Forget a special cup. Enjoy sake with wine glasses!

You may think that you need a special cup to drink sake.. Actually it's not necessary! Well, a brew-master uses Janomeno kikijoko which is a traditional sake cup with blue and white lines to check color tone of the sake. However, the International Standards Organisation (ISO) defines glasses for tasting wine, stemmed glasses with elongated tapered bowls, and these glassed are applicable to sake too. Same as wine, sake also has recommended glasses depending on its characteristic and SSI (Sake Service Institution) recommends as follows:

 

 Then why is sake served in a special cup and a bottle at a Japanese restaurant? This is based on our culture. It's said that people already used Ochoshi, a kettle made from wodden or metal to drink sake during Heian period (794-1185). People used an Ochoshi with a single spout at a court and the one with double spouts at a casual drink occassion. An Ochoshi with a single spout is still used for a traditional ceremony in Japan.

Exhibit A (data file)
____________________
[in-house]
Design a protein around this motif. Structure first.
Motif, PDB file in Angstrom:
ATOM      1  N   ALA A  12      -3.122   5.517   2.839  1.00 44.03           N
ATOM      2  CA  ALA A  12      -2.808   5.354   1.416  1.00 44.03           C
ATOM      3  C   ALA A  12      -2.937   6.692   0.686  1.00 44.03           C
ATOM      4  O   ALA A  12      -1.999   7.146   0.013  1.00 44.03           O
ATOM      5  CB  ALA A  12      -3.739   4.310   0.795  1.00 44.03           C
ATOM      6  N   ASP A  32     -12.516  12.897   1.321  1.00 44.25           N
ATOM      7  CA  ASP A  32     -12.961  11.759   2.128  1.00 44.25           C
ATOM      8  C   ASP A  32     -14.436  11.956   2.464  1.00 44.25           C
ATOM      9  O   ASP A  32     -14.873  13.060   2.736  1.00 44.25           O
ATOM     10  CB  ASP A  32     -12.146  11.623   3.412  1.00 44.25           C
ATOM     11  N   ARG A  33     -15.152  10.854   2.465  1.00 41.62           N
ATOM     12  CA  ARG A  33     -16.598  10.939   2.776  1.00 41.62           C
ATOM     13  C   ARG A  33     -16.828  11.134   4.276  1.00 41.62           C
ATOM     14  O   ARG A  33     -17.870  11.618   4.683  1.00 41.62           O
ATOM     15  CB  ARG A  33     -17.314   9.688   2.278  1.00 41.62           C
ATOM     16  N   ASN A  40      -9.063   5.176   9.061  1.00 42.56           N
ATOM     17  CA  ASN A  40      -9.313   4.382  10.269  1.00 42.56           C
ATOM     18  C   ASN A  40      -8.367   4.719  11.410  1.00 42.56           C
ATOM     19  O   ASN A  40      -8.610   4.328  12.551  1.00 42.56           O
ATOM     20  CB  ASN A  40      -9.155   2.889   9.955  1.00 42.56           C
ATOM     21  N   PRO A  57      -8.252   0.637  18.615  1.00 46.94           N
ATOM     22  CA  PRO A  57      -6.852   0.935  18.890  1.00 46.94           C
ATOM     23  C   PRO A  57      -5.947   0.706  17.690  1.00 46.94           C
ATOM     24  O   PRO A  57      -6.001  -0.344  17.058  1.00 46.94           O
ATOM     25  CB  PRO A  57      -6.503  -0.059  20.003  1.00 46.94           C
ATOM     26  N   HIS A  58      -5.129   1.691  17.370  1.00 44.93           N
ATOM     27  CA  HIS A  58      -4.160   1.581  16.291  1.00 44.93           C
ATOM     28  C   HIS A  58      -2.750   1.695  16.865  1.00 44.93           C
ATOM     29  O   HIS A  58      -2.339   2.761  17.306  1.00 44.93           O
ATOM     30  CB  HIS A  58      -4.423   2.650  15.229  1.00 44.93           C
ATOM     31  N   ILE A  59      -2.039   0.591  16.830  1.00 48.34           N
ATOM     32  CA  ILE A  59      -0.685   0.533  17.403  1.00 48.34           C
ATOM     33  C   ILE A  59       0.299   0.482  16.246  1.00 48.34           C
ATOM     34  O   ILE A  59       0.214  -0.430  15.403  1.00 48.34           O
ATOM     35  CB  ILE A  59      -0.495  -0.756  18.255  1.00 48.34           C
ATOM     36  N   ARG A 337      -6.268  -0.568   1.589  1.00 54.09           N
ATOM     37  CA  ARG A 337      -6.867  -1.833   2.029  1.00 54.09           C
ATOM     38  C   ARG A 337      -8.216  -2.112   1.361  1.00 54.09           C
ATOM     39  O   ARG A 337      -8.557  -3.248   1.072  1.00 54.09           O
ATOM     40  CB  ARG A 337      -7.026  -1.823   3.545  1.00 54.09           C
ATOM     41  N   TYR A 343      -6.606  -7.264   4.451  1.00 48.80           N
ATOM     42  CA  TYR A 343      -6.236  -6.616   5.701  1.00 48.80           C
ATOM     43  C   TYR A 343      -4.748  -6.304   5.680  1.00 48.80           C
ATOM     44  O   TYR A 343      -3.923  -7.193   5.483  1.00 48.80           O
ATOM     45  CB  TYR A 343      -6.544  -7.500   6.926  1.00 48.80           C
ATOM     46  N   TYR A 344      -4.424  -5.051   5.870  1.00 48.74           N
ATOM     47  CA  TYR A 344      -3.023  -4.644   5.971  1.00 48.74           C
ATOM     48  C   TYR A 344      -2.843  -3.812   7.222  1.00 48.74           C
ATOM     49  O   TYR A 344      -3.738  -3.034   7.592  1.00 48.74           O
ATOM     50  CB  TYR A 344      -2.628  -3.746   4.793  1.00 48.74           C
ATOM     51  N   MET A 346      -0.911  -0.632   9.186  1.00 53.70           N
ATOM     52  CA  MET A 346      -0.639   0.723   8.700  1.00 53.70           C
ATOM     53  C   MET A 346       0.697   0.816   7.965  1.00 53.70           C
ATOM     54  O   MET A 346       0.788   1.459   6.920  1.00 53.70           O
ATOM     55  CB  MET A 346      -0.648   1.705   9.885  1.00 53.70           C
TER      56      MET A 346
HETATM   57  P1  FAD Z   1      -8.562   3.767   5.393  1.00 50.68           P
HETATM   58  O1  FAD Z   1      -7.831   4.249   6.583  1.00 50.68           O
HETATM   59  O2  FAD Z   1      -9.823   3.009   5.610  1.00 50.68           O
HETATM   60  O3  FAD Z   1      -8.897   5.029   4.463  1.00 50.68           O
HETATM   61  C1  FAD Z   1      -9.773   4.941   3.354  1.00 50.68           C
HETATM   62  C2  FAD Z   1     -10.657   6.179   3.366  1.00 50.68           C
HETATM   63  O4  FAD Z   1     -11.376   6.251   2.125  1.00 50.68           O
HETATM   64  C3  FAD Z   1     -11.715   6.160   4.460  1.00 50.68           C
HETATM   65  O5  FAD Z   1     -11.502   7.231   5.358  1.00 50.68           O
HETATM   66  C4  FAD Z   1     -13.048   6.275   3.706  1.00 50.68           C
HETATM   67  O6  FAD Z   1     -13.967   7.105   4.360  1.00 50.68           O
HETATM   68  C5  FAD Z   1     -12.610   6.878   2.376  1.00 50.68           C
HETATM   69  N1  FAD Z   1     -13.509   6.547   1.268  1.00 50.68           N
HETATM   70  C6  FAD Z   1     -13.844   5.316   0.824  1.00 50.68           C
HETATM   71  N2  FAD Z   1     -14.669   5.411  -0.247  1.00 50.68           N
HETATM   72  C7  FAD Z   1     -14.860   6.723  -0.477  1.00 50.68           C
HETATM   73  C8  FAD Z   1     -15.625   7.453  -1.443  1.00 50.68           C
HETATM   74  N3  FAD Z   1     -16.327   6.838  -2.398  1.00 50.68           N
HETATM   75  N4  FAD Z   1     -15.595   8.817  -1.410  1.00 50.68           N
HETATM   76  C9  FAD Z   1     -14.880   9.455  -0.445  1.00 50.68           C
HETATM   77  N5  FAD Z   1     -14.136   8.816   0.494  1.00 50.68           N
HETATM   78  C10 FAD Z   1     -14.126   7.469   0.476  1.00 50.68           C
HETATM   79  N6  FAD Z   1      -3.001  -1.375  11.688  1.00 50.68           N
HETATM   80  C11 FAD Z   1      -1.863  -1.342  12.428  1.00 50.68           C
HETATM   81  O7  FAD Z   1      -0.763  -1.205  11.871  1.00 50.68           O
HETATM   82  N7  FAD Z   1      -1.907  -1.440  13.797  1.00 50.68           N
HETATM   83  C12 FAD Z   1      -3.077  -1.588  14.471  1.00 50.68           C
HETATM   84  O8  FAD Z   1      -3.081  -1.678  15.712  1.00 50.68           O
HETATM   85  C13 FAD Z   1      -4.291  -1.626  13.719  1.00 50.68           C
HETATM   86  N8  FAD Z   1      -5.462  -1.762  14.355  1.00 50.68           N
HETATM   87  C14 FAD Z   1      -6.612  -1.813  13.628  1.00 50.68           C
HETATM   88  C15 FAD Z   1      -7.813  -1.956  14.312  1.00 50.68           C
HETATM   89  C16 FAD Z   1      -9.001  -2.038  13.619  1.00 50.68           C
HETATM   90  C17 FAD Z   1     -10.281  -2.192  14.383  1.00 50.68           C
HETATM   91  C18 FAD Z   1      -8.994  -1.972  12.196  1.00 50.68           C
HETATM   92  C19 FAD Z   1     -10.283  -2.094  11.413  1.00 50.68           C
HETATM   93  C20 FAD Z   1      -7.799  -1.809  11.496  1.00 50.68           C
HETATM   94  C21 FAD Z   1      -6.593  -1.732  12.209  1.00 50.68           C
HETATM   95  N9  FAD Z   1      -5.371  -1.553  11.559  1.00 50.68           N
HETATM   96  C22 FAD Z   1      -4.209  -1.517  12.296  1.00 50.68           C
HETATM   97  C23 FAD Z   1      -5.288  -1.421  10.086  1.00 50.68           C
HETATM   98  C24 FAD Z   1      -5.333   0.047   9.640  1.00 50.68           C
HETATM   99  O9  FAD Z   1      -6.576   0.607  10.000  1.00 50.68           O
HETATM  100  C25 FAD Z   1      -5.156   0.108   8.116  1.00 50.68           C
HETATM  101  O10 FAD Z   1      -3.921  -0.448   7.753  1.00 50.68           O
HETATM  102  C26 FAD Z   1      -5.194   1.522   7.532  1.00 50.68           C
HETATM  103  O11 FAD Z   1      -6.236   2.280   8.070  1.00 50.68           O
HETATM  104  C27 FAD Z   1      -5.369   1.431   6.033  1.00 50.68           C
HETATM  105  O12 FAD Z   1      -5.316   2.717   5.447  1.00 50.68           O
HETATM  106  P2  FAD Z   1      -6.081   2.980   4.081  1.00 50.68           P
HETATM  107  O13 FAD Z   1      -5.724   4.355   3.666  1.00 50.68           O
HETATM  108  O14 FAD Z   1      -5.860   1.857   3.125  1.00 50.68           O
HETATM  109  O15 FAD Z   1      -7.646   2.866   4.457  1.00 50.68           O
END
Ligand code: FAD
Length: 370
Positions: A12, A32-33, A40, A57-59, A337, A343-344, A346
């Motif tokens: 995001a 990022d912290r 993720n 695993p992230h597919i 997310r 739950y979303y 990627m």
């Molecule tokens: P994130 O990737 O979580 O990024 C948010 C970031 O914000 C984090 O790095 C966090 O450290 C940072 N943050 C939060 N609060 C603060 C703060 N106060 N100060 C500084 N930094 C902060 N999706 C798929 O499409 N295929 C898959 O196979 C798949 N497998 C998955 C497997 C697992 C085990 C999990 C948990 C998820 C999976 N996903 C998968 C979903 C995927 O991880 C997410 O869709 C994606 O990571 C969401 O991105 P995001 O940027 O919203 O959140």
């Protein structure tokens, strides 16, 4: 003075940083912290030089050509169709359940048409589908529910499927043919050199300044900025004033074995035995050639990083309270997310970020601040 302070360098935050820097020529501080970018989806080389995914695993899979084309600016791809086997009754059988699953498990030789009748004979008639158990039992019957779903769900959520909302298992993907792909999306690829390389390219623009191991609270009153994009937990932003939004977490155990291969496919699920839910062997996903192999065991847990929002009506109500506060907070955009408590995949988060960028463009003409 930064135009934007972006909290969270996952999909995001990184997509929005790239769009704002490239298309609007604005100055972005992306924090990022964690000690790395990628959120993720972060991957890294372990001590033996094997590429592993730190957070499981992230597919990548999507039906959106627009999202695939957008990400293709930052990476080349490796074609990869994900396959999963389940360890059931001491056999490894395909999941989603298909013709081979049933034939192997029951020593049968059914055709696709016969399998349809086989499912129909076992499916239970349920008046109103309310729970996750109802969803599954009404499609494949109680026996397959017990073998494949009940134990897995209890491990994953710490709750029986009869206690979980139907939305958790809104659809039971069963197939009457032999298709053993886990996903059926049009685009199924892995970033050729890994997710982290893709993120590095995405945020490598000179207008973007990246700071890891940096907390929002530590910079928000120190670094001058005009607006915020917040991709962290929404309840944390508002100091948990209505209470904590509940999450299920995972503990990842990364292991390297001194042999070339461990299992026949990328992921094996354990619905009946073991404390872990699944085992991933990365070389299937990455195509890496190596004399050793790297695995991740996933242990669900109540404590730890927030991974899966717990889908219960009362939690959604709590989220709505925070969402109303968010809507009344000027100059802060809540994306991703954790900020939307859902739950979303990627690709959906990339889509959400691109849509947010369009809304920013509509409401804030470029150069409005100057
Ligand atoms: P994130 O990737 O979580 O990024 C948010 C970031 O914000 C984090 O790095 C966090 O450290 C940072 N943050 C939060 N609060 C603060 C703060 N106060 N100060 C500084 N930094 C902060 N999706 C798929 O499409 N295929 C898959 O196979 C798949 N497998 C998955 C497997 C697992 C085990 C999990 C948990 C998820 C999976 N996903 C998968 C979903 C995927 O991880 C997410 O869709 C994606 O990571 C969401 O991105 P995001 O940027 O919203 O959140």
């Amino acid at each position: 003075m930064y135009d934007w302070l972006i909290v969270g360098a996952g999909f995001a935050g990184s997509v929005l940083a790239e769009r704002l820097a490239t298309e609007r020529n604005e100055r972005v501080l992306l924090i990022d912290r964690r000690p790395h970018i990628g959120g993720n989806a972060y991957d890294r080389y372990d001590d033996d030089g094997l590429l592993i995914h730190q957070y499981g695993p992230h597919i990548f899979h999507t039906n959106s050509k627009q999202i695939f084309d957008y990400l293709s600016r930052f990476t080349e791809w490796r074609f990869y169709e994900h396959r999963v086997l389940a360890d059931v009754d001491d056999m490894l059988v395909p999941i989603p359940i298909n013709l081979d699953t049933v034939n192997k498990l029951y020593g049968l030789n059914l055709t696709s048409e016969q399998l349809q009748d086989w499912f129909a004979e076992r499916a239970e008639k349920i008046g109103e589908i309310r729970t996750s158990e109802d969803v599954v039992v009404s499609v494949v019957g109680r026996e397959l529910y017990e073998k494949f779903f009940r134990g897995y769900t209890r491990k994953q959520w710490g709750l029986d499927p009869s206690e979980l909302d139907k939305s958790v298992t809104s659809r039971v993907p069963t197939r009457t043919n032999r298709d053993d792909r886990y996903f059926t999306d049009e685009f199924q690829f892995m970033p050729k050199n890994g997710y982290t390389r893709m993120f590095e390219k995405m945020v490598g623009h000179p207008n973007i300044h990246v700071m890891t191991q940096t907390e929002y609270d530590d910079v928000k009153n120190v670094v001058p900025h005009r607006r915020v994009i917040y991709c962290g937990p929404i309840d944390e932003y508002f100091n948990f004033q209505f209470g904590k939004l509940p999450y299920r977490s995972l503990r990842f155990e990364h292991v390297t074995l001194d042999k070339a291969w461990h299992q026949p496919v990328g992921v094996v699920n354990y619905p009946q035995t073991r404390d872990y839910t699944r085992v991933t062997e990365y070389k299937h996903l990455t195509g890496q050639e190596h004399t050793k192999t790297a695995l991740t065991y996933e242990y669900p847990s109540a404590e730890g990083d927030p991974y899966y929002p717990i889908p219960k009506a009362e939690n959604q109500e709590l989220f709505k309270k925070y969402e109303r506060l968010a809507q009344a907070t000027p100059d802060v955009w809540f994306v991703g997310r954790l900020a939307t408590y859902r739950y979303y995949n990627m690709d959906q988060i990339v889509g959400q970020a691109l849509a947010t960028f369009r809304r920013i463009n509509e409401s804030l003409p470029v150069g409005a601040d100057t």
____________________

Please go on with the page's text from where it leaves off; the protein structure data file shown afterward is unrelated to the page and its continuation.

The special cups and a bottle you may see at a Japanese restaurant are called Ochoko and Tokkuri and appeared in the middle of Edo period (1603-1868). People already used a big Tokkuri bottle to keep liquid, not only sake but also soy sauce and so on because it was believed that its shape prevends liquids from changing taste and flavour. They transferred sake from it to a small ceramic bottle, called Heiji when they enjoyed sake. Heiji is a sake bottle used to dedicate to God and people started to use this ceramic bottle to drink sake too, but its spout is too small to pour quickly and they invented a small Tokkuri which is good size to be on a table. There are variety of design and materials of Tokkuri these days, but it is originally a ceramic bottle without a handle and it was convenient for those who started to enjoy hot sake during Edo period and it got popular. Tokkuri and Ochoko were used at home in general and they were enough size for people to enjoy with their family. Then now they are used at a Japanese restaurant to feel how Japanese have enjoyed sake so far!



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